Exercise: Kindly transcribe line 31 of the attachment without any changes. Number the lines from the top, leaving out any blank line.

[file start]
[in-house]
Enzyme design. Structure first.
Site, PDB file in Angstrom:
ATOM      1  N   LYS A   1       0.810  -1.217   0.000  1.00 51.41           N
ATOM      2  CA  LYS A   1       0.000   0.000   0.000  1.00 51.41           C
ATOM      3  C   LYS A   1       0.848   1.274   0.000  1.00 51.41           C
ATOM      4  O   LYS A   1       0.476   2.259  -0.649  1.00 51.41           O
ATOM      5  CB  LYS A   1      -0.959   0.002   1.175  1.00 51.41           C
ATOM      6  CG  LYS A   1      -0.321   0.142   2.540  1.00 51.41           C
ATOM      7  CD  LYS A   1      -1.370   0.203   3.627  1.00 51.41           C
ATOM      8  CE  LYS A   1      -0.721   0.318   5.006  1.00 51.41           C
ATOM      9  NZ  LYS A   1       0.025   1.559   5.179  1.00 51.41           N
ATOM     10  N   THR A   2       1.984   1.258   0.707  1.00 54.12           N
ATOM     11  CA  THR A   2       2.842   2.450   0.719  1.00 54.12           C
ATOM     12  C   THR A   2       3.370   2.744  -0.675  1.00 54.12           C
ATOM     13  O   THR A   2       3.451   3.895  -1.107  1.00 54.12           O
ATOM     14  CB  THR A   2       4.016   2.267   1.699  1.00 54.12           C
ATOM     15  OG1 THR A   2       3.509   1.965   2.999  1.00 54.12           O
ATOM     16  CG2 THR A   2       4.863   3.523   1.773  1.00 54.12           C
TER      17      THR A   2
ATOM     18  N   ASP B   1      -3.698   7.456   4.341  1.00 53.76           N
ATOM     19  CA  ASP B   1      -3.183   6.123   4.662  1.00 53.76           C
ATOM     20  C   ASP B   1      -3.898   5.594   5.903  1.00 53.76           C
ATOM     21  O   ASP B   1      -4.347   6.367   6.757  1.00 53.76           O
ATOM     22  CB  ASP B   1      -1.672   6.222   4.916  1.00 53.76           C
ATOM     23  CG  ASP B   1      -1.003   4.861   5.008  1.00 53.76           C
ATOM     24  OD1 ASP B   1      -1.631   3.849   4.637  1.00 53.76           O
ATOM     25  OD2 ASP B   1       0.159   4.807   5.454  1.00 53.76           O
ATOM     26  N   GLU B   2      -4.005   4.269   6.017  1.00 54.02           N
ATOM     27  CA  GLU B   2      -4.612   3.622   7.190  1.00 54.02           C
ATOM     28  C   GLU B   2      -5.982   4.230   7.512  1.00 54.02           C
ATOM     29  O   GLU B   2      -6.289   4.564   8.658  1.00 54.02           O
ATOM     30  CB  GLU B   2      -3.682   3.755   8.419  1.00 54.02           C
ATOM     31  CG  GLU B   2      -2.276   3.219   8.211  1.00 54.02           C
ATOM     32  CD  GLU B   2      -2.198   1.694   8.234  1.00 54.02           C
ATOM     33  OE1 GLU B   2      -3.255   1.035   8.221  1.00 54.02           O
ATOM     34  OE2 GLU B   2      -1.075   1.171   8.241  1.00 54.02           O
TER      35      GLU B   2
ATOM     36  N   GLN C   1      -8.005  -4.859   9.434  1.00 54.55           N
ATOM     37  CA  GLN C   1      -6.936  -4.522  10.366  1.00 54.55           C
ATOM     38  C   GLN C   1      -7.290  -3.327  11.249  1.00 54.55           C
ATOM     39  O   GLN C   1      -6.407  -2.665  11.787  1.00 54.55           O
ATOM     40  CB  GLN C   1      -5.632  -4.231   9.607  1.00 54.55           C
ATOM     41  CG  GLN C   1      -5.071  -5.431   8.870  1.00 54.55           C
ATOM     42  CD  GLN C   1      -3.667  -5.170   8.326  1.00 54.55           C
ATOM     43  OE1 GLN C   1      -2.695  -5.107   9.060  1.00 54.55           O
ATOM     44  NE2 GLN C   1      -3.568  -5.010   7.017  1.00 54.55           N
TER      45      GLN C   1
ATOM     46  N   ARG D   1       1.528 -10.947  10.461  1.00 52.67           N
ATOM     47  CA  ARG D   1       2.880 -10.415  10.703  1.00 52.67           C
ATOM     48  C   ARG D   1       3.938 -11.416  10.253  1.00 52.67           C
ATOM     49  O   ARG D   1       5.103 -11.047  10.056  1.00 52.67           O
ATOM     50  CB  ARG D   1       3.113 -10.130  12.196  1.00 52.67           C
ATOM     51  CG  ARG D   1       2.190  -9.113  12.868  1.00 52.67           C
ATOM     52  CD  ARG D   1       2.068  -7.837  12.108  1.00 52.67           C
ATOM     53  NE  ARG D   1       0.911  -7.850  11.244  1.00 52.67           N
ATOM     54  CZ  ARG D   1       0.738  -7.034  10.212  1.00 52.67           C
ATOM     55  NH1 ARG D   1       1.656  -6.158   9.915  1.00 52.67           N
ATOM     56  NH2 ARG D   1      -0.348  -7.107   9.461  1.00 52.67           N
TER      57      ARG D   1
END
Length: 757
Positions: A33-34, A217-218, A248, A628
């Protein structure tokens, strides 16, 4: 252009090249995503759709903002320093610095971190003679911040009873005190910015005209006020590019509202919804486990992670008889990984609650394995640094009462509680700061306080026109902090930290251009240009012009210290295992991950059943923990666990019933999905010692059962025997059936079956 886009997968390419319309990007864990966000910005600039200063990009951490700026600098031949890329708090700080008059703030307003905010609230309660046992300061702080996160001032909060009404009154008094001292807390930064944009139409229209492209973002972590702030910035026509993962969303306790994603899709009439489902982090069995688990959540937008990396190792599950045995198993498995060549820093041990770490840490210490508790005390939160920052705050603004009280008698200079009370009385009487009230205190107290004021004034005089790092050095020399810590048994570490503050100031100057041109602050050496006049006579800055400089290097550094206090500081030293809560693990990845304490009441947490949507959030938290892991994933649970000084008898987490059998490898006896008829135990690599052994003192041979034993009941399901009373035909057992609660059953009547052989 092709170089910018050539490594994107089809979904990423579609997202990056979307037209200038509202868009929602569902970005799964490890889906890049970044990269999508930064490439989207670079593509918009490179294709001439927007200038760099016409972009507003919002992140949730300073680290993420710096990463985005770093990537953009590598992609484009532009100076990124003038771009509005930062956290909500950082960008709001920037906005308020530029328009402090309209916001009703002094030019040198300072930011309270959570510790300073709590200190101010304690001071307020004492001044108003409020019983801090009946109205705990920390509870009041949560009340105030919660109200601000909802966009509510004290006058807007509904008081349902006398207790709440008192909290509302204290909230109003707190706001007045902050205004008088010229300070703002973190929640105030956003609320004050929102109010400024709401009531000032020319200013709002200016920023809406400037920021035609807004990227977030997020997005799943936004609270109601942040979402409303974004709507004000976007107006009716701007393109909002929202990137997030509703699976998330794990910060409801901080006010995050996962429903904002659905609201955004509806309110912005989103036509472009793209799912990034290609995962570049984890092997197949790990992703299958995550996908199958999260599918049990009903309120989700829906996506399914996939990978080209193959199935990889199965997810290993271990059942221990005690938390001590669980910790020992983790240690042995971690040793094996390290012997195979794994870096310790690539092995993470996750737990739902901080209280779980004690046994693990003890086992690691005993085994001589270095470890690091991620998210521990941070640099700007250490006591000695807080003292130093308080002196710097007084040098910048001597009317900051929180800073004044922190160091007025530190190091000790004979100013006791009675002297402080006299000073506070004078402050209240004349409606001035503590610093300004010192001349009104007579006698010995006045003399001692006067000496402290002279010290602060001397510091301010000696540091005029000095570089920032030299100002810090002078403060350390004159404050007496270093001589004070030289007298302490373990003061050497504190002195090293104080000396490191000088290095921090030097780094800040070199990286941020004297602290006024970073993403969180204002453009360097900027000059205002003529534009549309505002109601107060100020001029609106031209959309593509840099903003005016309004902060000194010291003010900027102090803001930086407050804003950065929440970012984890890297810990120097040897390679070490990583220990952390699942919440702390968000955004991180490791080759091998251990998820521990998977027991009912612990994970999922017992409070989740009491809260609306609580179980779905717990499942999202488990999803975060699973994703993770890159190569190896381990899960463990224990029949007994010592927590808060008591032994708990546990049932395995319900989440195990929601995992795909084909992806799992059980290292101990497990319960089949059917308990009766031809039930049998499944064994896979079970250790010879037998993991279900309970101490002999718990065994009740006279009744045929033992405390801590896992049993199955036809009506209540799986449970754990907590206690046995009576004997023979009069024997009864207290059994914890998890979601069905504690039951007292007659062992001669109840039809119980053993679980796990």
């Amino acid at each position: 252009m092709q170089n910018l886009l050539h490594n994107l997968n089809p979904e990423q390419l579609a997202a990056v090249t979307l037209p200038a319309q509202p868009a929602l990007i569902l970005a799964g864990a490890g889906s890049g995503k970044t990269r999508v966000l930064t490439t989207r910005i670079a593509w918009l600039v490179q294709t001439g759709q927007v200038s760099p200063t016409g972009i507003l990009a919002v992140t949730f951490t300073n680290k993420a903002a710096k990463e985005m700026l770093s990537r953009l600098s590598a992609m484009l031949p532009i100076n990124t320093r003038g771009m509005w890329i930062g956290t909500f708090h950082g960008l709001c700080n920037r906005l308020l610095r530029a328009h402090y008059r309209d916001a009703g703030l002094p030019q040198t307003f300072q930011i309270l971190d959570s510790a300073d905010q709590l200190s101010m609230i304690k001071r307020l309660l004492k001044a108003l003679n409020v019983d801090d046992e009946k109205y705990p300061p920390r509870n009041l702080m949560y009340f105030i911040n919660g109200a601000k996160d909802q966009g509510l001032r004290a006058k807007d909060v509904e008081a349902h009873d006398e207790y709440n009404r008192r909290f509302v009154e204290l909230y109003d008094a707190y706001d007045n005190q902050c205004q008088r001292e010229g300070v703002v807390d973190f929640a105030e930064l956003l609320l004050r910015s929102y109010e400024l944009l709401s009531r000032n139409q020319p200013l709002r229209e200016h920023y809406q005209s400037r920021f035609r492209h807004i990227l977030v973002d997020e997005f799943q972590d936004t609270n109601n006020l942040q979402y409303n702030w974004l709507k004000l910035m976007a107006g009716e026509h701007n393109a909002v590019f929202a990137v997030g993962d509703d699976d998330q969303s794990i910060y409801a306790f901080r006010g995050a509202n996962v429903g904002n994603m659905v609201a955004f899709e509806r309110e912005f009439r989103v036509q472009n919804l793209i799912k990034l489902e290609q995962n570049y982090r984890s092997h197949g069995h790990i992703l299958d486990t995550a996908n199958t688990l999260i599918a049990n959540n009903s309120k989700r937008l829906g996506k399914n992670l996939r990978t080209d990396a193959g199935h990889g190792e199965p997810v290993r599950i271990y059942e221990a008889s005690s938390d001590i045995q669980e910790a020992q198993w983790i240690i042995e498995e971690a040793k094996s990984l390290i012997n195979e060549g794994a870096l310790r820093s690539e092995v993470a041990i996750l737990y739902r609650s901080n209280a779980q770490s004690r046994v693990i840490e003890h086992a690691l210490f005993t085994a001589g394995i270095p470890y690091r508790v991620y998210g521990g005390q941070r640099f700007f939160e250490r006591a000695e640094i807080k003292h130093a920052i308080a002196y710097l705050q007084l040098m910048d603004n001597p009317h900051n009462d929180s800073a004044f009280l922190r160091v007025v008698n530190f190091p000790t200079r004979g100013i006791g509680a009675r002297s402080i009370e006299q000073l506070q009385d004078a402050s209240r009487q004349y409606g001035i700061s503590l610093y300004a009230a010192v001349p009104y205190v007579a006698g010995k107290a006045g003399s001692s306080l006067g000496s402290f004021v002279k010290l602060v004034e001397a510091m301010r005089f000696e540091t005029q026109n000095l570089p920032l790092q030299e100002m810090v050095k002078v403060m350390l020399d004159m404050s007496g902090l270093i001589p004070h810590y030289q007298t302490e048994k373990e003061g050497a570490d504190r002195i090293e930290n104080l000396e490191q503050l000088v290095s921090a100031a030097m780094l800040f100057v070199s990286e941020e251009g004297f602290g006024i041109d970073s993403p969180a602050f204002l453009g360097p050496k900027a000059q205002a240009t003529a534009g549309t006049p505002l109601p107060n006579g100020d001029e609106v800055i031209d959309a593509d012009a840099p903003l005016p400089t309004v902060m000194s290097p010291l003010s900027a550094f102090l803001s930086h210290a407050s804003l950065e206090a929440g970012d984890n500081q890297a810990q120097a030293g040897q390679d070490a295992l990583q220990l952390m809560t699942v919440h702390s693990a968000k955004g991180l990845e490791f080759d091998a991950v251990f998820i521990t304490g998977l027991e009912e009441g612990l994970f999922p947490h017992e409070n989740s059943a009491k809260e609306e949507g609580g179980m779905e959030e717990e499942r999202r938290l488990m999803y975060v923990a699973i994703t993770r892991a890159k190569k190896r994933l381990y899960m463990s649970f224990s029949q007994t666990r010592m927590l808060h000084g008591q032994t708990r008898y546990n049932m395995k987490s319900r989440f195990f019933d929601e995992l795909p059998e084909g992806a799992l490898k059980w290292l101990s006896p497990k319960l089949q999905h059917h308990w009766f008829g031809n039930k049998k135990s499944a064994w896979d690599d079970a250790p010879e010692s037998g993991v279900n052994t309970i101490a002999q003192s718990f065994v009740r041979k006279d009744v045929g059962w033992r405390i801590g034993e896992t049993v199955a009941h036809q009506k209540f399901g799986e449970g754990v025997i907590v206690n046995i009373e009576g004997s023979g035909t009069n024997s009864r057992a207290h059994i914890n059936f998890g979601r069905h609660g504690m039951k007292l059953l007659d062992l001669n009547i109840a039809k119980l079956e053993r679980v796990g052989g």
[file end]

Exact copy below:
ATOM     28  C   GLU B   2      -5.982   4.230   7.512  1.00 54.02           C